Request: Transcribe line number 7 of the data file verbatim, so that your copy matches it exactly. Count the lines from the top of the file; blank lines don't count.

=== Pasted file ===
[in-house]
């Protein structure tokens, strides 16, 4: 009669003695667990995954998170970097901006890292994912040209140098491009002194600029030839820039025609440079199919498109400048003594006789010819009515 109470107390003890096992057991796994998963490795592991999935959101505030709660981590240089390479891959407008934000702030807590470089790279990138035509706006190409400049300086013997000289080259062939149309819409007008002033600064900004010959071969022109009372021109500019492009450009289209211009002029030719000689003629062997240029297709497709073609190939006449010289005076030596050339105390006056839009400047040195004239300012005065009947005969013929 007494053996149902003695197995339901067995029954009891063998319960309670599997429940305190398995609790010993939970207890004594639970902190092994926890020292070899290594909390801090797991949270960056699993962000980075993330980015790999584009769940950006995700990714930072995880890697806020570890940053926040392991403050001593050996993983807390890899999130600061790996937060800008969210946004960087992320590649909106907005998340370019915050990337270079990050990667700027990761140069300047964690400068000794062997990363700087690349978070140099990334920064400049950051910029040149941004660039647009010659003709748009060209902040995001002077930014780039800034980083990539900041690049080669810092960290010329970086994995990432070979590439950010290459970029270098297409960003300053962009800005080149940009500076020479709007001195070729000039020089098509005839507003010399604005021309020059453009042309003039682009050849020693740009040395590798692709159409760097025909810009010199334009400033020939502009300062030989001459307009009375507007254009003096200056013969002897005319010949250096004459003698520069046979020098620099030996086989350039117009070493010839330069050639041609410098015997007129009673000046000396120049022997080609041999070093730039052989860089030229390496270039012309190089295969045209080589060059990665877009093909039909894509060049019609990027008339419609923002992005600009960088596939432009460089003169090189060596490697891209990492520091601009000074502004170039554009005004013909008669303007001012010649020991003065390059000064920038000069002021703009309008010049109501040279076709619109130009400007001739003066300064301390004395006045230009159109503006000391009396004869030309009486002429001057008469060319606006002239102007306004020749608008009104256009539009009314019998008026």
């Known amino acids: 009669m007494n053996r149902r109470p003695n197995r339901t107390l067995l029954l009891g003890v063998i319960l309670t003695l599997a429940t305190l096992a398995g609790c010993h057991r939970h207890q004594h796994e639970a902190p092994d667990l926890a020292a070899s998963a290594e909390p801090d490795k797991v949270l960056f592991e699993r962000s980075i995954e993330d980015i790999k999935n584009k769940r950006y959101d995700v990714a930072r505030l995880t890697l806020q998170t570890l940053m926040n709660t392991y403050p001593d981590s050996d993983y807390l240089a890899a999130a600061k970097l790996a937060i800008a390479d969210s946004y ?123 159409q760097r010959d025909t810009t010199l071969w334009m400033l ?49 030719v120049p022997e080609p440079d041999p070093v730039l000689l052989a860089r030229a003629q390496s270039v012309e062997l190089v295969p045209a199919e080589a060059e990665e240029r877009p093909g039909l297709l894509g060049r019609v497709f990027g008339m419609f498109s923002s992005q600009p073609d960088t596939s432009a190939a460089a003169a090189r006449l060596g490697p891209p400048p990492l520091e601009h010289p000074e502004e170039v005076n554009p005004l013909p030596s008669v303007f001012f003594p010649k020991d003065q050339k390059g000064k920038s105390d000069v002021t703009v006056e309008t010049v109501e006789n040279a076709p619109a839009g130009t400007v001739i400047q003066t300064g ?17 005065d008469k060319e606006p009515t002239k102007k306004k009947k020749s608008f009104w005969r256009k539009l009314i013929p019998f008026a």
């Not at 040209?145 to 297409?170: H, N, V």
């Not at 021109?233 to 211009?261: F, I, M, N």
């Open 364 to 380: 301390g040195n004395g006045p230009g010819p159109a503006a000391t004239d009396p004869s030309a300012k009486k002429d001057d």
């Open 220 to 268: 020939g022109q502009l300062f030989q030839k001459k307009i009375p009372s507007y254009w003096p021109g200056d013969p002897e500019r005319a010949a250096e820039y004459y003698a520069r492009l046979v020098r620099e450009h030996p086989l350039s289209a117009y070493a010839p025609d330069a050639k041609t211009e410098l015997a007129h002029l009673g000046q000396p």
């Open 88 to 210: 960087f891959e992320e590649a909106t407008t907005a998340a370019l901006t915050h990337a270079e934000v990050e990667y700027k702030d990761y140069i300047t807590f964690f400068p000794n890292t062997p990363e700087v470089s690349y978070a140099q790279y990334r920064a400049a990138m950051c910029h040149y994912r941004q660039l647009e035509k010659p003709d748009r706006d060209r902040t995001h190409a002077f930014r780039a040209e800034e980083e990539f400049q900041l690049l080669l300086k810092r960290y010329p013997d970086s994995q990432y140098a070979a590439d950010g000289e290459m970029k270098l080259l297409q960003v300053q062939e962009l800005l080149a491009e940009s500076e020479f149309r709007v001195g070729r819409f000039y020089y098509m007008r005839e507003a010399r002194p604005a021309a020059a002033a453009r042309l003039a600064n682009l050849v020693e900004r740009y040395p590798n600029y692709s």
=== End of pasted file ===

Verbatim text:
């Open 220 to 268: 020939g022109q502009l300062f030989q030839k001459k307009i009375p009372s507007y254009w003096p021109g200056d013969p002897e500019r005319a010949a250096e820039y004459y003698a520069r492009l046979v020098r620099e450009h030996p086989l350039s289209a117009y070493a010839p025609d330069a050639k041609t211009e410098l015997a007129h002029l009673g000046q000396p």